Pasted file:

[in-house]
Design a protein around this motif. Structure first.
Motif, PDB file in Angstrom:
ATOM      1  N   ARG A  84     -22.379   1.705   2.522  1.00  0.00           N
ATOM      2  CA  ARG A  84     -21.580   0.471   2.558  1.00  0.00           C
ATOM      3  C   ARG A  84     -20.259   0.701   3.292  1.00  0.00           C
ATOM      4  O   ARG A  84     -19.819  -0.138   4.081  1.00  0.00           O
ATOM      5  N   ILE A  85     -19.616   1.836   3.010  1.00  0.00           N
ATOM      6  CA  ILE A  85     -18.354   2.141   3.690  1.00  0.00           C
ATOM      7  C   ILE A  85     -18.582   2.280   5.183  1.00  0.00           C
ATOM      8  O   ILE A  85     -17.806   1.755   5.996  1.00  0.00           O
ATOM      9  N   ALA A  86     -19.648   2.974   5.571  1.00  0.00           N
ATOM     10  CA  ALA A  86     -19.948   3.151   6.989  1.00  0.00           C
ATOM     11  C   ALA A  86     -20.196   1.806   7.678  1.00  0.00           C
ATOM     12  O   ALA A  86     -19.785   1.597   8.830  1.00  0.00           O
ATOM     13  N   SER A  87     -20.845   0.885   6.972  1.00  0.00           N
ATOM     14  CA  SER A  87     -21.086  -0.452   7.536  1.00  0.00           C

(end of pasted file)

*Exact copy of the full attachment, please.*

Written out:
[in-house]
Design a protein around this motif. Structure first.
Motif, PDB file in Angstrom:
ATOM      1  N   ARG A  84     -22.379   1.705   2.522  1.00  0.00           N
ATOM      2  CA  ARG A  84     -21.580   0.471   2.558  1.00  0.00           C
ATOM      3  C   ARG A  84     -20.259   0.701   3.292  1.00  0.00           C
ATOM      4  O   ARG A  84     -19.819  -0.138   4.081  1.00  0.00           O
ATOM      5  N   ILE A  85     -19.616   1.836   3.010  1.00  0.00           N
ATOM      6  CA  ILE A  85     -18.354   2.141   3.690  1.00  0.00           C
ATOM      7  C   ILE A  85     -18.582   2.280   5.183  1.00  0.00           C
ATOM      8  O   ILE A  85     -17.806   1.755   5.996  1.00  0.00           O
ATOM      9  N   ALA A  86     -19.648   2.974   5.571  1.00  0.00           N
ATOM     10  CA  ALA A  86     -19.948   3.151   6.989  1.00  0.00           C
ATOM     11  C   ALA A  86     -20.196   1.806   7.678  1.00  0.00           C
ATOM     12  O   ALA A  86     -19.785   1.597   8.830  1.00  0.00           O
ATOM     13  N   SER A  87     -20.845   0.885   6.972  1.00  0.00           N
ATOM     14  CA  SER A  87     -21.086  -0.452   7.536  1.00  0.00           C